of rude to me on the phone. He said the base coat has gone on and that he would send me pictures. He did not send any pictures so I decided to go out on
my own on Wed. The airplane had been base coated and Jose was ready to go over stripe, line and logo placement with me when I got there. A simple phone call
the week before could have avoided much angst this week. It is reminiscent of having my Dakota held hostage by an FBO doing
an annual inspection and why I got into experimental aviation in the first place. They have had my airplane for 2.5 weeks now.
The upper tape line on the fuselage divides the top color (jet stream) from the bottom color (fighter blue) which is to be
painted next. The line below the dividing line marks where the stripe goes. On the tail will be a lone wolf logo which shows a resemblance of my black
labs Zeke and Zak and captures my own spirit of the last 10 years. I originally had the wolf facing forward but the stripe above him is angled down toward
the front. So I turned him around and the stripe above him will follow the arch of his back. The rest of the painting should take place over the Labor
Day Holiday and the airplane should be ready for reassembly by the middle of next week.
|Base Coat (Jet Stream)
Once again no call from Gus. I called him and he tried to put me off from flying out this weekend until the following week. This
will be the fifth week he has had the airplane. He later responded with an email that I could come out this weekend for reassembly. That sounded
good until Friday night
when he called me to say that the spinner, cowl, all wheel and leg fairings and all control surfaces had been painted with a different color
than the fuselage!! He says they ordered two gallons of Jet Stream for the fuselage and then later one gallon to do all the remaining pieces. The paint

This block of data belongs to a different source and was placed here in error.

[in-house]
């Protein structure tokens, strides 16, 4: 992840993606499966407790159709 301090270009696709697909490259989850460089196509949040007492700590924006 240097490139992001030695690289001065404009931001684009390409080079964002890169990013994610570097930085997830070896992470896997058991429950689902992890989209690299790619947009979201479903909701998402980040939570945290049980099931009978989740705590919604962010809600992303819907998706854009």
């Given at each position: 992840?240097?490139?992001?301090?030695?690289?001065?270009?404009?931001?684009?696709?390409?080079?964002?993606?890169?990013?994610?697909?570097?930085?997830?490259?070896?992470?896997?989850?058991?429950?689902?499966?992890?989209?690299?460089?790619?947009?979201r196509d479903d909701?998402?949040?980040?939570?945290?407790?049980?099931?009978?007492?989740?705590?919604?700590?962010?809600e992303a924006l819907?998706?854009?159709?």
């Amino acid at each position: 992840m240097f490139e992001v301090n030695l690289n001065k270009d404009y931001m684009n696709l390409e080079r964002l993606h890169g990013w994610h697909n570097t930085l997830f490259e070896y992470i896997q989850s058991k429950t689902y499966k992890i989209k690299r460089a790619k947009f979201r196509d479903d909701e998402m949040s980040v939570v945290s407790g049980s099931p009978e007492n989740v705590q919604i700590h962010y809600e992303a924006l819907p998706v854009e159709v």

company seems to have given him two different mixes of paint. I told him to go with what is on the fuselage since it is the most work to change and I
am happy with the color anyway. So it will be at least until next weekend before I can get the airplane back which is a full five weeks since the airplane
went in the shop. On the plus side, he sent me the final bill in anticipation of being finished this weekend and he did match his quote without any
cost over run.
Status at the end of week 4. On the left is the actual Jet Stream color painted on an elevator fairing and on the right is the
other color painted on the elevator.
At the end of week 5 the call came to come and reassemble. Consistent with Murphy's law, my Dakota sold that very week and I had no way
to get there except to drive. So on Friday a friend and I drove to Wickenburg and spent about 8 hours reassembling the airplane. The paint shop had a fairing
to paint and then they went over the airplane taking care of areas of overspray and cutting paint so I could open the side vents and things like that.
We weren't completely done with reassembly before having to leave
and the next day I was air dropped back into Wickenburg. I worked for anohter 6 hours and the "Lone Wolf" was finally together enough for the flight home.
The airplane is now back in its home hangar. I am very happy with the quality of the paint job. I have a couple of hardware issues to
take care of but it is pretty much ready for flight
again. The paint changed the dimensions of some parts and I need to switch to longer quick locks on the cowl. There also was some spray of paint into the
plate nuts and that makes it difficult to get the screws to take. So I need to chase some of the holes with a tap part of the way. It is good to have the
RV-10 home and the Dakota sold. Both required much more work than I anticipated.
|Good to be home.|